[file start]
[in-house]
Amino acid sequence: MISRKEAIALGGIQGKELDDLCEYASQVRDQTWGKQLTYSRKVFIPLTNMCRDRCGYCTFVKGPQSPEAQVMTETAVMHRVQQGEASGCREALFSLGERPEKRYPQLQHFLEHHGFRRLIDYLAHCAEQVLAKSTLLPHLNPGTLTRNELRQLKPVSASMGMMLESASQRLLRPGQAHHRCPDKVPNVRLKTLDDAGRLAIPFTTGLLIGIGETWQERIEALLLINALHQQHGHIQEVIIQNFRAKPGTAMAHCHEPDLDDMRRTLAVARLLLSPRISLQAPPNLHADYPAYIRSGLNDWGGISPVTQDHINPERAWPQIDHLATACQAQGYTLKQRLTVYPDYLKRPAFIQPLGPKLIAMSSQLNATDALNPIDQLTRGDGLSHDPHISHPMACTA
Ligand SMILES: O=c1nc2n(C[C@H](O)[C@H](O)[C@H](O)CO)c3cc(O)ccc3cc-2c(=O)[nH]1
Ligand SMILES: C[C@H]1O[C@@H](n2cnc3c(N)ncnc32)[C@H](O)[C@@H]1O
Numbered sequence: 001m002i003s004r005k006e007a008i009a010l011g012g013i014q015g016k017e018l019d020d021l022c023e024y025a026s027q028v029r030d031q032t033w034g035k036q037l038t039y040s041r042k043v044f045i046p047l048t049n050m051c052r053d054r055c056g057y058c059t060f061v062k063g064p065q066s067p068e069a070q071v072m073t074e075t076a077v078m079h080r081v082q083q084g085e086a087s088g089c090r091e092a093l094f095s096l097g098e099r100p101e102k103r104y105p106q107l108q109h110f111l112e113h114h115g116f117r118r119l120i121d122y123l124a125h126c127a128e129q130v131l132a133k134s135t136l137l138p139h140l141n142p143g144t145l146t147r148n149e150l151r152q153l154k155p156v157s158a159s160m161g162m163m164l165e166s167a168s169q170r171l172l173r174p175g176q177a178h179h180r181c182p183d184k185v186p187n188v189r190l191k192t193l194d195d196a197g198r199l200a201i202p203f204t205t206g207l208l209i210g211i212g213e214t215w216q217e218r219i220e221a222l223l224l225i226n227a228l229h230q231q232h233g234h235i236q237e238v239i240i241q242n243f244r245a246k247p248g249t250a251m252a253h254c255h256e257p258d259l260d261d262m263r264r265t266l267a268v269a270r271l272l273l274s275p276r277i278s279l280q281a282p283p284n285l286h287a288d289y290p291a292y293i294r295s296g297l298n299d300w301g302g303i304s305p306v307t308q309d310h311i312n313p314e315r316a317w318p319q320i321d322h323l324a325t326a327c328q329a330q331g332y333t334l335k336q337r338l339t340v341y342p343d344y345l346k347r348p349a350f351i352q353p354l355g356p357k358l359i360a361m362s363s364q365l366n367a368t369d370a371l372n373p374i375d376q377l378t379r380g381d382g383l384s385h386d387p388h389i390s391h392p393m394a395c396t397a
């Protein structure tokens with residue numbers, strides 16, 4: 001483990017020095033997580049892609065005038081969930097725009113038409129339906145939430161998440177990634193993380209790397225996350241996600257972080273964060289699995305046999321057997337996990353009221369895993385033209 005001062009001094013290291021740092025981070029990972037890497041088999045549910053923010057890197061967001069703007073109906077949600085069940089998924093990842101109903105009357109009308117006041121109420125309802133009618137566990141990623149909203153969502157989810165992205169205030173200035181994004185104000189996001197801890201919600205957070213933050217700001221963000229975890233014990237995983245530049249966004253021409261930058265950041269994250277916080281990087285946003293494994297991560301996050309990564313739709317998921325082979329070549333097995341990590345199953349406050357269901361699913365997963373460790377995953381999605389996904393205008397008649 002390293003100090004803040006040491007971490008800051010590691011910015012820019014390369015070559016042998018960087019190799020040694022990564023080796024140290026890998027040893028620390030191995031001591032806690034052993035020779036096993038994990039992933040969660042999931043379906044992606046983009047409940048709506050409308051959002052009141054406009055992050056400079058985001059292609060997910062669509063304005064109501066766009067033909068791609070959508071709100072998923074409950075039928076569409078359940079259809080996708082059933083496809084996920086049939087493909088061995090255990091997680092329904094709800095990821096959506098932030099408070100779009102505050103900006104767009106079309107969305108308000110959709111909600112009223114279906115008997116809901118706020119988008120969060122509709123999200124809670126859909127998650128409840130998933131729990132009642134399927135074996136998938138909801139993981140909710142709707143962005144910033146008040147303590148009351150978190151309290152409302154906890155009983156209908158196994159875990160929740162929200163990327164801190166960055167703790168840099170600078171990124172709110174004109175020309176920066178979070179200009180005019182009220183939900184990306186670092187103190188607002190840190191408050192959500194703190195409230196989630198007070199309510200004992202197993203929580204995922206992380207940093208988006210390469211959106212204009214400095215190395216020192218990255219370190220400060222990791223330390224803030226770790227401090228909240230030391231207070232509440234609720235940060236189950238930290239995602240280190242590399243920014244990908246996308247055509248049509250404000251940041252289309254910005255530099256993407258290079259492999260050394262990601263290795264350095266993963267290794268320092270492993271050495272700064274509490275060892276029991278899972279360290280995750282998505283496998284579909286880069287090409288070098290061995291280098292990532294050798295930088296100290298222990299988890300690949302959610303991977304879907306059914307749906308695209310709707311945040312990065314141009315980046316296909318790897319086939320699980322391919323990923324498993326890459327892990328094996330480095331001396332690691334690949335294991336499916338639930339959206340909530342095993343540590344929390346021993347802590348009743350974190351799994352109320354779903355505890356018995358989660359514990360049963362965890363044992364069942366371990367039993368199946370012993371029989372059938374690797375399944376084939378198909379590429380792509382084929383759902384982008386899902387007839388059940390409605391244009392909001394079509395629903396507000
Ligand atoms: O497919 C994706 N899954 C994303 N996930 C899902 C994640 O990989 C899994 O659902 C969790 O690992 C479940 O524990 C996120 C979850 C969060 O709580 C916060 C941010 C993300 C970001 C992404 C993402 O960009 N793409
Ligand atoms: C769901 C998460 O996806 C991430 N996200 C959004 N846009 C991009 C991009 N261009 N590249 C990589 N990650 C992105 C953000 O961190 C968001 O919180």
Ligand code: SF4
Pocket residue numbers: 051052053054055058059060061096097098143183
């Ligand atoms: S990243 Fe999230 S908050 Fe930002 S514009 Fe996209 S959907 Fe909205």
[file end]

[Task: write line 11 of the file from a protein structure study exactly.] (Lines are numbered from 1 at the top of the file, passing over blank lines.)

């Ligand atoms: S990243 Fe999230 S908050 Fe930002 S514009 Fe996209 S959907 Fe909205």